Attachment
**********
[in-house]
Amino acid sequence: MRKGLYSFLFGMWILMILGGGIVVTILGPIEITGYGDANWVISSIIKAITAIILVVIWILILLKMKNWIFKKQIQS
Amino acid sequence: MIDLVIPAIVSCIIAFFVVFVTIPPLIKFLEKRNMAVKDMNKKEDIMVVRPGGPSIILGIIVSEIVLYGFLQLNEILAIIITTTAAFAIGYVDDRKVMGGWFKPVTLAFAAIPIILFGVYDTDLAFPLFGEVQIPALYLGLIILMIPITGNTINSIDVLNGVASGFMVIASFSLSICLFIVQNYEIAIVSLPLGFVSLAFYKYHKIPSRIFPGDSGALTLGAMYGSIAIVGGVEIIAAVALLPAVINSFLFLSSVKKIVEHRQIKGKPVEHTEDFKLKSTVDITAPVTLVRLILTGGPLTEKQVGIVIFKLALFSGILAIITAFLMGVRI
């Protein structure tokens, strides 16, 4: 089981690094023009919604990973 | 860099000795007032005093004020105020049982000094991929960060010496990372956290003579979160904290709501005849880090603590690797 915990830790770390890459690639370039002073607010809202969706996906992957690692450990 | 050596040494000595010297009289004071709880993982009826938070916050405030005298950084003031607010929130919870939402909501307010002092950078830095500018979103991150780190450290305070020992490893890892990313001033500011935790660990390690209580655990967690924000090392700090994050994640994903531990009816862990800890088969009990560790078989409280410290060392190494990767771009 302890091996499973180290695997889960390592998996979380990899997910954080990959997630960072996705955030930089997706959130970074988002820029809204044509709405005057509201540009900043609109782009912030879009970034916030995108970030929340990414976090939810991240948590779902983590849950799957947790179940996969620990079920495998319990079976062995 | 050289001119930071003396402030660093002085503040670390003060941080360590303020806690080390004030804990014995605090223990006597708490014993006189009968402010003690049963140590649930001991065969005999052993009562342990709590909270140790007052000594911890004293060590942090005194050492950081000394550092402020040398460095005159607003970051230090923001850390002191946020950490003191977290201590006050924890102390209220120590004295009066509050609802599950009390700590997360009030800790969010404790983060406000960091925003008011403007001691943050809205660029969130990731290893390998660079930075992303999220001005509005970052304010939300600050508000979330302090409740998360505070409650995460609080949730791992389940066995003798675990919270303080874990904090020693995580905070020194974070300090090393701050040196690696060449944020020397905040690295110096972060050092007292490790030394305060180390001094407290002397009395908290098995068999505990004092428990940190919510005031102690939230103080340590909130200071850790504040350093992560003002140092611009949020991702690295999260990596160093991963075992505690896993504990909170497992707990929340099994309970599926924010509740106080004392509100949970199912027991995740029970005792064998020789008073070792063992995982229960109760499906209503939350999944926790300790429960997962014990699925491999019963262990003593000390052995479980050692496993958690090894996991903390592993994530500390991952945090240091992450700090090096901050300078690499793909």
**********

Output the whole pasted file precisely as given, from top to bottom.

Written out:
[in-house]
Amino acid sequence: MRKGLYSFLFGMWILMILGGGIVVTILGPIEITGYGDANWVISSIIKAITAIILVVIWILILLKMKNWIFKKQIQS
Amino acid sequence: MIDLVIPAIVSCIIAFFVVFVTIPPLIKFLEKRNMAVKDMNKKEDIMVVRPGGPSIILGIIVSEIVLYGFLQLNEILAIIITTTAAFAIGYVDDRKVMGGWFKPVTLAFAAIPIILFGVYDTDLAFPLFGEVQIPALYLGLIILMIPITGNTINSIDVLNGVASGFMVIASFSLSICLFIVQNYEIAIVSLPLGFVSLAFYKYHKIPSRIFPGDSGALTLGAMYGSIAIVGGVEIIAAVALLPAVINSFLFLSSVKKIVEHRQIKGKPVEHTEDFKLKSTVDITAPVTLVRLILTGGPLTEKQVGIVIFKLALFSGILAIITAFLMGVRI
């Protein structure tokens, strides 16, 4: 089981690094023009919604990973 | 860099000795007032005093004020105020049982000094991929960060010496990372956290003579979160904290709501005849880090603590690797 915990830790770390890459690639370039002073607010809202969706996906992957690692450990 | 050596040494000595010297009289004071709880993982009826938070916050405030005298950084003031607010929130919870939402909501307010002092950078830095500018979103991150780190450290305070020992490893890892990313001033500011935790660990390690209580655990967690924000090392700090994050994640994903531990009816862990800890088969009990560790078989409280410290060392190494990767771009 302890091996499973180290695997889960390592998996979380990899997910954080990959997630960072996705955030930089997706959130970074988002820029809204044509709405005057509201540009900043609109782009912030879009970034916030995108970030929340990414976090939810991240948590779902983590849950799957947790179940996969620990079920495998319990079976062995 | 050289001119930071003396402030660093002085503040670390003060941080360590303020806690080390004030804990014995605090223990006597708490014993006189009968402010003690049963140590649930001991065969005999052993009562342990709590909270140790007052000594911890004293060590942090005194050492950081000394550092402020040398460095005159607003970051230090923001850390002191946020950490003191977290201590006050924890102390209220120590004295009066509050609802599950009390700590997360009030800790969010404790983060406000960091925003008011403007001691943050809205660029969130990731290893390998660079930075992303999220001005509005970052304010939300600050508000979330302090409740998360505070409650995460609080949730791992389940066995003798675990919270303080874990904090020693995580905070020194974070300090090393701050040196690696060449944020020397905040690295110096972060050092007292490790030394305060180390001094407290002397009395908290098995068999505990004092428990940190919510005031102690939230103080340590909130200071850790504040350093992560003002140092611009949020991702690295999260990596160093991963075992505690896993504990909170497992707990929340099994309970599926924010509740106080004392509100949970199912027991995740029970005792064998020789008073070792063992995982229960109760499906209503939350999944926790300790429960997962014990699925491999019963262990003593000390052995479980050692496993958690090894996991903390592993994530500390991952945090240091992450700090090096901050300078690499793909």